He was in the capital for basic programming, since his parents had been told that he needed to go, for his safety and the safety of others. But he was only going to stay with their tuition for basic programming. If he wanted advanced programming training, if he wanted to be a full music programmer, he would have to do that on his own.
No redheaded girl who looked and fought like a boy would stop him.
“You’re going to break that wood pipe, you know,” someone spoke beside him.
Johann quickly loosened his grip on the oboe. He had noticed how tightly, how angrily he held it.
He turned and wondered who spoke.
He found himself face to face with one of the prettiest girls in the basic programming classes. “You’re Eloise. Of the capital.” He could not believe his timeline.
“And you’re Johann of southeast,” she said. “I’ve seen a few things and heard a few things about you.”
“Really?” That was beyond surprising.
She came up until her chest met his own. “And I think, we should know each other better.”
Eloise of the capital had silver hair that fell in two ponytailed waves to the side of her head. It gave one the impression of something alive, constantly moving, menacing in its movement. And yet one could not take his eyes away from the electricity activity the hair provided. Her eyes were also rather interesting to stare at, dark and deep in their blueness as they were. They bored straight into the depths of someone, penetrating what dark secret they had, and wanting more.
She wore her clothes in layers, all close to herself, revealing a well-defined physique that interested many and intrigued others. Most of the pieces in her attire was dark, and daring, skirting, maybe shunning the limits the program training halls allowed. The skirt ended mid-thigh, to be followed by leggings that emphasized the contour of her legs. Her feet were covered and hidden by boots, rough and ready to step on others, instead of revealing style.
Those clothes, that body, that face, those eyes, that hair. They were either against him or inches away from him. That close. That incredibly close.
He almost dropped the oboe.
Surely, definitely, a beauty like this, a young lady this beautiful and this dangerous, surely she needed something from him. Yet his heart kept pounding heavily inside his chest, his brain could only process the heady perfume she wore, and his eyes kept staring at that perfect face with the penetrating deep eyes. Of course he wanted her. If she wanted something from him, he was quite ready at the moment to allow her anything she wanted.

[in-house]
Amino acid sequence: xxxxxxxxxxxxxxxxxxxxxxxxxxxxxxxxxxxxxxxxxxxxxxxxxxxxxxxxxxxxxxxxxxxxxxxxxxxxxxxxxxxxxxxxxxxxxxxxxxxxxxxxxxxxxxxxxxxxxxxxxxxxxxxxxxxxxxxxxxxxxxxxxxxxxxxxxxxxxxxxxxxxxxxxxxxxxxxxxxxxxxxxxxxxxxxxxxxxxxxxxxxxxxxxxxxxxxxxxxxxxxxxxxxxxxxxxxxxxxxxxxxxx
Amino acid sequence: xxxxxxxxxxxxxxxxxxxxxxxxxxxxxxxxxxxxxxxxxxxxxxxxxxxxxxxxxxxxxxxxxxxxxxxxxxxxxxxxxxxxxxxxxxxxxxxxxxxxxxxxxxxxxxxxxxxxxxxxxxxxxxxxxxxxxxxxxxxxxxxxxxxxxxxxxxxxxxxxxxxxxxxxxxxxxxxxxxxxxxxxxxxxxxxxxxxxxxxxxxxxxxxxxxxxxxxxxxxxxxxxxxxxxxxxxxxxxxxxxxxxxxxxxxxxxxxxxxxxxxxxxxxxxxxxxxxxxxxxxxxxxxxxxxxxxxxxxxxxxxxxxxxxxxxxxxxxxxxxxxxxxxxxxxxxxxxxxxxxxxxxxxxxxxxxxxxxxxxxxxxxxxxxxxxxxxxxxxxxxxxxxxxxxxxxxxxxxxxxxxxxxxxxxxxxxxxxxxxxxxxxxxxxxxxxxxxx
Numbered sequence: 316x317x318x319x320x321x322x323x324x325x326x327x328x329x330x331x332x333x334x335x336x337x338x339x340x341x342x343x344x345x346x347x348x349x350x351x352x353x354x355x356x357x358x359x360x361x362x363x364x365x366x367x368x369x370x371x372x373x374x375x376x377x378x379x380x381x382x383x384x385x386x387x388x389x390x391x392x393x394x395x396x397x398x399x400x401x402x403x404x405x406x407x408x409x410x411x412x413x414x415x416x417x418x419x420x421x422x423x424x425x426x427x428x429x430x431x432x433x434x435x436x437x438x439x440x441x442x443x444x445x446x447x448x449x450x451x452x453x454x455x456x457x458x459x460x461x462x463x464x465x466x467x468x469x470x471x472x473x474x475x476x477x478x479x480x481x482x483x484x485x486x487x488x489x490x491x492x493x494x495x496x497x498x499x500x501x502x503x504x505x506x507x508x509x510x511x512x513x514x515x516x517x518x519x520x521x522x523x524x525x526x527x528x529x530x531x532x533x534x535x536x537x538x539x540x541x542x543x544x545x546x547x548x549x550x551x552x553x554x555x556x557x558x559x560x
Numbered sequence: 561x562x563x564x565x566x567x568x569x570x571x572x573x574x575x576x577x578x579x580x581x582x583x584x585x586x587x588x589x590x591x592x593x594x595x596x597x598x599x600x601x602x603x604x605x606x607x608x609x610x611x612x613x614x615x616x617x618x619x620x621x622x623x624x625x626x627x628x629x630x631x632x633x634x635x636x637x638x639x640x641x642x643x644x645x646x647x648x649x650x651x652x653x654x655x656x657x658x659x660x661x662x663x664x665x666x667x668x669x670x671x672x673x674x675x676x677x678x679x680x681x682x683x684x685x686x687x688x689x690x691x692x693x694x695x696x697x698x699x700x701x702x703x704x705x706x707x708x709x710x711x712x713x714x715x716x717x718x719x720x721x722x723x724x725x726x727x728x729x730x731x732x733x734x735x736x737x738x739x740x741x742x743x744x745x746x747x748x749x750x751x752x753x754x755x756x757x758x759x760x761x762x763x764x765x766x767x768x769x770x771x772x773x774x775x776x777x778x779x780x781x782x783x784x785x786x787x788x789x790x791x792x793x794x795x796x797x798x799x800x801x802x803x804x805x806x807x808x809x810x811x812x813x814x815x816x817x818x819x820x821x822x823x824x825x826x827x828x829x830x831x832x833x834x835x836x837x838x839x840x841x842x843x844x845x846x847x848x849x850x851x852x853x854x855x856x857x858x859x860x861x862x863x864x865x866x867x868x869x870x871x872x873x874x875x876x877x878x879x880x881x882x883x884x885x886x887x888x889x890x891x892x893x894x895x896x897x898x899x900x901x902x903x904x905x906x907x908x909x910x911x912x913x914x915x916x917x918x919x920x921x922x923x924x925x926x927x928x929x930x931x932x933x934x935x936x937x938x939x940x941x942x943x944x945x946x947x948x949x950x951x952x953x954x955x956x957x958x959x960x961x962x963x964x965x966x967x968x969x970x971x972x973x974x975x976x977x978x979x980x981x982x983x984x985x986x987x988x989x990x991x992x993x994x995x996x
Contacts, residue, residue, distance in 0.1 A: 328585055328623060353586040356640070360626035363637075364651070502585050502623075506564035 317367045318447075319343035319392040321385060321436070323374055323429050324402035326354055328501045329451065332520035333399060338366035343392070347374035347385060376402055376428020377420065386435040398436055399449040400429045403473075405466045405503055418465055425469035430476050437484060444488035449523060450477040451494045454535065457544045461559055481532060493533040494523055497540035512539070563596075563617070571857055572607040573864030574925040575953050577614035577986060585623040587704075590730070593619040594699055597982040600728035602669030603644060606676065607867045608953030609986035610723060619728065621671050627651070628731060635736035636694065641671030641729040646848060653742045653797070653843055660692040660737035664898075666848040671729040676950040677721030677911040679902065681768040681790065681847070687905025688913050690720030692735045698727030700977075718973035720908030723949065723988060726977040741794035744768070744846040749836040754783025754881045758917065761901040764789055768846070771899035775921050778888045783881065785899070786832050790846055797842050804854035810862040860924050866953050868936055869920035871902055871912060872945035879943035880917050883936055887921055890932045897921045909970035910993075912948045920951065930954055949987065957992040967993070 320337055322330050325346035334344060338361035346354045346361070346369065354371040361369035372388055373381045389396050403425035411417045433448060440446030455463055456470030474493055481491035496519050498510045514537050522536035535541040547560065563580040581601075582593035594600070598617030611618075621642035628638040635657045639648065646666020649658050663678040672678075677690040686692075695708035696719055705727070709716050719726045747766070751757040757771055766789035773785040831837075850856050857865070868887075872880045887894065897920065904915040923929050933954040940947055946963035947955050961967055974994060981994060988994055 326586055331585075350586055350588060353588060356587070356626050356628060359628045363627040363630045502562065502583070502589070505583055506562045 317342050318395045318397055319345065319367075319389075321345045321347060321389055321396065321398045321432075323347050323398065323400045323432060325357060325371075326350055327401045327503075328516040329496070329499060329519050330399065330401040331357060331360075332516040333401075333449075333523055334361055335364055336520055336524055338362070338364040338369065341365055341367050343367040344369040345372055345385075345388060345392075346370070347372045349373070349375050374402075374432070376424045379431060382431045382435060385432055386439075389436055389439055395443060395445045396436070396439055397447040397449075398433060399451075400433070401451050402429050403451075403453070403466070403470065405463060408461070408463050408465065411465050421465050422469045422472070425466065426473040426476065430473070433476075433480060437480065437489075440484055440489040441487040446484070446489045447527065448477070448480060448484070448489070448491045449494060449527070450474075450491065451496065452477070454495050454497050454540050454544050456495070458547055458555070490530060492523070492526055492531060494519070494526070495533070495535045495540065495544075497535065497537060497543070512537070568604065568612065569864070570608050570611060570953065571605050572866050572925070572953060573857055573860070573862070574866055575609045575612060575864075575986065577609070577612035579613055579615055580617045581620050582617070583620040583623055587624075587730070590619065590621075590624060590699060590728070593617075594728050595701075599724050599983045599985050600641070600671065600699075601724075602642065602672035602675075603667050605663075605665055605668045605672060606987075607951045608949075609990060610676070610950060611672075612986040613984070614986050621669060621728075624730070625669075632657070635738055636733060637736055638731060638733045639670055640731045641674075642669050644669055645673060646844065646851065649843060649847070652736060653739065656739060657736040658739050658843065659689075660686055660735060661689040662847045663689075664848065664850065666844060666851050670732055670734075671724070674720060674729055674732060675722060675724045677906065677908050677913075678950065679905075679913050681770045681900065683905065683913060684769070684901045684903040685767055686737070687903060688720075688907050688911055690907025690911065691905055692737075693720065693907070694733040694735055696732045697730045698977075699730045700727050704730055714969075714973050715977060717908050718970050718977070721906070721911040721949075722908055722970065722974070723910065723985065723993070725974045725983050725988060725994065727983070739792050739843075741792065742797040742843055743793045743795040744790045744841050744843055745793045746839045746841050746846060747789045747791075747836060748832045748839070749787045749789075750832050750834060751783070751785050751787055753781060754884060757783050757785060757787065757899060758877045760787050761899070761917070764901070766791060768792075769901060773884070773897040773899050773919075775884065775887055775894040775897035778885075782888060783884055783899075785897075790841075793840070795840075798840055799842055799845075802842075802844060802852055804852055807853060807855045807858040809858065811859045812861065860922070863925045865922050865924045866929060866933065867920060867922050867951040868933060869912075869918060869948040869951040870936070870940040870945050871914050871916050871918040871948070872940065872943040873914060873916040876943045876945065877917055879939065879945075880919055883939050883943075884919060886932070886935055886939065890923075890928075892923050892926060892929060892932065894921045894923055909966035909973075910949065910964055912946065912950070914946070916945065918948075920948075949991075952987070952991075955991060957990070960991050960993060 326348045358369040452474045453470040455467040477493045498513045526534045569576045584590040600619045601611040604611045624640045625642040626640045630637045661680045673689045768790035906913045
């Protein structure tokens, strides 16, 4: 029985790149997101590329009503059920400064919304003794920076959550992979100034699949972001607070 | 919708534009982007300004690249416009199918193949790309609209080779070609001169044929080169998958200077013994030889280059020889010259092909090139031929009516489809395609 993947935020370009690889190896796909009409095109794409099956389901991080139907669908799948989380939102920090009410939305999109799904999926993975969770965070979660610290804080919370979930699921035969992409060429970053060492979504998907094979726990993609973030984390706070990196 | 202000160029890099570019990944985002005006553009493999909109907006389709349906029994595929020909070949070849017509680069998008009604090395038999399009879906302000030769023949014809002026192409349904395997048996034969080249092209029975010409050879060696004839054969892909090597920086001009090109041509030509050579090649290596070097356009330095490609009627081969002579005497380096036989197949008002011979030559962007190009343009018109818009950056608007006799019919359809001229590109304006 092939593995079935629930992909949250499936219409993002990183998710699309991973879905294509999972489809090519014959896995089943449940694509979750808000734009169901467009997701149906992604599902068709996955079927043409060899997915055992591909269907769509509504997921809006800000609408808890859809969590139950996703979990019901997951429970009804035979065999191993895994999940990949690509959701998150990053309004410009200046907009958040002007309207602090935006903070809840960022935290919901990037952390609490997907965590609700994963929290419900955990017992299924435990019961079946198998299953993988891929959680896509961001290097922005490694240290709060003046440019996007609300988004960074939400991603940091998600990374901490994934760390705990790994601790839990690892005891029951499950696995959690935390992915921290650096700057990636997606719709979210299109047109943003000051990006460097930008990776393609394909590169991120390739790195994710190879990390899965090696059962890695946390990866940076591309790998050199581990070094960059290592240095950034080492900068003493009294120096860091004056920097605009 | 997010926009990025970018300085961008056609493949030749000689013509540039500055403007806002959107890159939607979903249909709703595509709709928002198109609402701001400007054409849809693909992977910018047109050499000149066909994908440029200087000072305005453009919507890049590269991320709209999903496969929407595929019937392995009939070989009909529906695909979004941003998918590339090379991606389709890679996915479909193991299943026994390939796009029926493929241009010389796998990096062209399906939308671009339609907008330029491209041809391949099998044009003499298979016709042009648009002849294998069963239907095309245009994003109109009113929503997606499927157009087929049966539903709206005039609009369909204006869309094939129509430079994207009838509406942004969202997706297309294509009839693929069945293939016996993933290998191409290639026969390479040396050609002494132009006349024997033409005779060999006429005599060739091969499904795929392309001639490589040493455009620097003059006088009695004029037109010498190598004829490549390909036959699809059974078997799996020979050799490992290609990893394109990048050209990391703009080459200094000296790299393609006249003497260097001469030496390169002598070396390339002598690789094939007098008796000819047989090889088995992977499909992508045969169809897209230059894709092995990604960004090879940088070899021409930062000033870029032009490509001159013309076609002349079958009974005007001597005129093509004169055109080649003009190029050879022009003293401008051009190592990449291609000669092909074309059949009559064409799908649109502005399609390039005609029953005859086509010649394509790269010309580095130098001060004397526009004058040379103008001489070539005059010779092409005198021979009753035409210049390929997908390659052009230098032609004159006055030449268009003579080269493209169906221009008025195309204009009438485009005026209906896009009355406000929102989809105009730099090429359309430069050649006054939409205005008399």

She smiled at him, sinister, yet alluring, yet wonderful. She had him, he knew it, and she knew it.
“To what do I deserve all this?” Johann finally gained enough of his senses to ask.
“You ARE handsome,” she slowly pushed him toward the nearest alley, and pushed him to the wall.
He only retained enough sense to keep his hold on the oboe. The instrument was rather expensive, and held memories for him. But otherwise, he kept breathing in her perfume, her hair, her heavy breaths.
“Th…thank you, of course,” he stammered. “You’re really beautiful yourself.”
She spared no words and swooped for his lips.
Johann no longer breathed.
Oddly, the only thought that came to his head was: Ro will kill me, Ro will kill me, Ro will kill me, when she finds out about this, Ro will kill me!
What did it matter what that tomboy thought, anyway? She hated his guts, she hated his music. Yes, what did it matter, what did it matter? Can that tomboy kiss like this, the way the world of Pendi just stopped and existed only for the girl? Can she even kiss?
And yet the thought remained: Ro will kill me.
Johann caught his breath and the girl released him.
“Who are you, what are you?” he asked.
“You already know,” she said. “I’m Eloise. I can make you famous.”